Computer-assisted femoral head-neck osteochondroplasty using a surgical milling device an in vitro accuracy study

Ecker, Timo M; Puls, Marc; Steppacher, Simon D; Bastian, Johannes Dominik; Keel, Marius J B; Siebenrock, Klaus A; Tannast, Moritz (2012). Computer-assisted femoral head-neck osteochondroplasty using a surgical milling device an in vitro accuracy study. Journal of arthroplasty, 27(2), pp. 310-6. Philadelphia, Pa.: Elsevier 10.1016/j.arth.2011.03.048

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Surgical navigation might increase the safety of osteochondroplasty procedures in patients with femoroacetabular impingement. Feasibility and accuracy of navigation of a surgical reaming device were assessed. Three-dimensional models of 18 identical sawbone femora and 5 cadaver hips were created. Custom software was used to plan and perform repeated computer-assisted osteochondroplasty procedures using a navigated burr. Postoperative 3-dimensional models were created and compared with the preoperative models. A Bland-Altmann analysis assessing α angle and offset ratio accuracy showed even distribution along the zero line with narrow confidence intervals. No differences in α angle and offset ratio accuracy (P = 0.486 and P = 0.2) were detected between both observers. Planning and conduction of navigated osteochondroplasty using a surgical reaming device is feasible and accurate.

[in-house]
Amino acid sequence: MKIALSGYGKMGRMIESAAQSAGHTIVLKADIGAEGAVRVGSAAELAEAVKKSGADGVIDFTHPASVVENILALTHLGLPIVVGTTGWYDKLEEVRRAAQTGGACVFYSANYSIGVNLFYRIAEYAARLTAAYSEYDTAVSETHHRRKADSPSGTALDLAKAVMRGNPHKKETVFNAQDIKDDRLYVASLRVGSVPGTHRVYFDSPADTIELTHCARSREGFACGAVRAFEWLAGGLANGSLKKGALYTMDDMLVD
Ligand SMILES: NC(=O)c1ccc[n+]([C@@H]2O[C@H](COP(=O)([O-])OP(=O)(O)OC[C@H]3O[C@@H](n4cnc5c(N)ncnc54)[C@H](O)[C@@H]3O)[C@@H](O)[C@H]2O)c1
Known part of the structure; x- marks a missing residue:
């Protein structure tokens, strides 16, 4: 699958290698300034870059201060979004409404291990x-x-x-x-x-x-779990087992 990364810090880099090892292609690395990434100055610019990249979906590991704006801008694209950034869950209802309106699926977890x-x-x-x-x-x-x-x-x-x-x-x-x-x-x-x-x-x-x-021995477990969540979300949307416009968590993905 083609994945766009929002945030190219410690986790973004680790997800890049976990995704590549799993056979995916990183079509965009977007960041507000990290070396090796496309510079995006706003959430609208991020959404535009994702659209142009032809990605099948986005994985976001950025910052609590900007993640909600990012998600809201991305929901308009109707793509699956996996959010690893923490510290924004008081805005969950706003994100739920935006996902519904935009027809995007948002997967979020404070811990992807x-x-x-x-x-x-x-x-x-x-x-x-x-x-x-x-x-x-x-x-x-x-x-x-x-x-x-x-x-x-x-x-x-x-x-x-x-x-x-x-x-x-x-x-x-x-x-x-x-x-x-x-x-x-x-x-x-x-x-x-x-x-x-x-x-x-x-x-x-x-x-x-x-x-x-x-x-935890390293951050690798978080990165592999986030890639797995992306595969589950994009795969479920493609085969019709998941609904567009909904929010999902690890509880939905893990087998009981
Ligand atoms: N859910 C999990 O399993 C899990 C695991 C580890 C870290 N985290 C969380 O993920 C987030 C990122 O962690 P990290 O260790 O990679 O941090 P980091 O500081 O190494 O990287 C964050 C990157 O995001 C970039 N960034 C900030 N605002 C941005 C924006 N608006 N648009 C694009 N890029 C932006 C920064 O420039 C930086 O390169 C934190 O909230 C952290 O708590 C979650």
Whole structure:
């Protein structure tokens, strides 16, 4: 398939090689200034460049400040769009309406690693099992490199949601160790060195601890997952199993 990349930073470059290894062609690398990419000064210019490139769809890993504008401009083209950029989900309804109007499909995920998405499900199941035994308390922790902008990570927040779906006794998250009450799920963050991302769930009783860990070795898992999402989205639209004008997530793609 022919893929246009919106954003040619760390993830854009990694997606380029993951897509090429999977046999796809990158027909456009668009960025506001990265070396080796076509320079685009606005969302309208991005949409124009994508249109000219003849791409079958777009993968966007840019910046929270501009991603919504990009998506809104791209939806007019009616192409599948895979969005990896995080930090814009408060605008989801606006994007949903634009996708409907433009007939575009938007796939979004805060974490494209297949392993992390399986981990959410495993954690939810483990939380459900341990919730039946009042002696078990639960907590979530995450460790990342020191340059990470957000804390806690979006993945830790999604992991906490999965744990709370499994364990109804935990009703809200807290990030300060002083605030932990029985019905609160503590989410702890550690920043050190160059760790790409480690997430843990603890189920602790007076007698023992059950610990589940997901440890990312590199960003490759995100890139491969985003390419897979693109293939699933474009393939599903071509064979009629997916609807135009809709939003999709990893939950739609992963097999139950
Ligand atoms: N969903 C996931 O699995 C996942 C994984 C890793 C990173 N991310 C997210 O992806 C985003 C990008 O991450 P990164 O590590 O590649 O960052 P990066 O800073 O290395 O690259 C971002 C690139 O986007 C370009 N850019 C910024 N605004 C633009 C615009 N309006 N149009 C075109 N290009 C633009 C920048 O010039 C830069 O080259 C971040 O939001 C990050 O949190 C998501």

Item Type:

Journal Article (Original Article)

Division/Institute:

04 Faculty of Medicine > Department of Orthopaedic, Plastic and Hand Surgery (DOPH) > Clinic of Orthopaedic Surgery

UniBE Contributor:

Ecker, Timo; Steppacher, Simon Damian; Bastian, Johannes Dominik; Keel, Marius; Siebenrock, Klaus-Arno and Tannast, Moritz

Subjects:

600 Technology > 610 Medicine & health

ISSN:

0883-5403

Publisher:

Elsevier

Language:

English

Submitter:

Factscience Import

Date Deposited:

04 Oct 2013 14:21

Last Modified:

16 Jul 2014 16:11

Publisher DOI:

10.1016/j.arth.2011.03.048

PubMed ID:

21621956

Web of Science ID:

000299600700024

URI:

https://boris.unibe.ch/id/eprint/7175 (FactScience: 212353)

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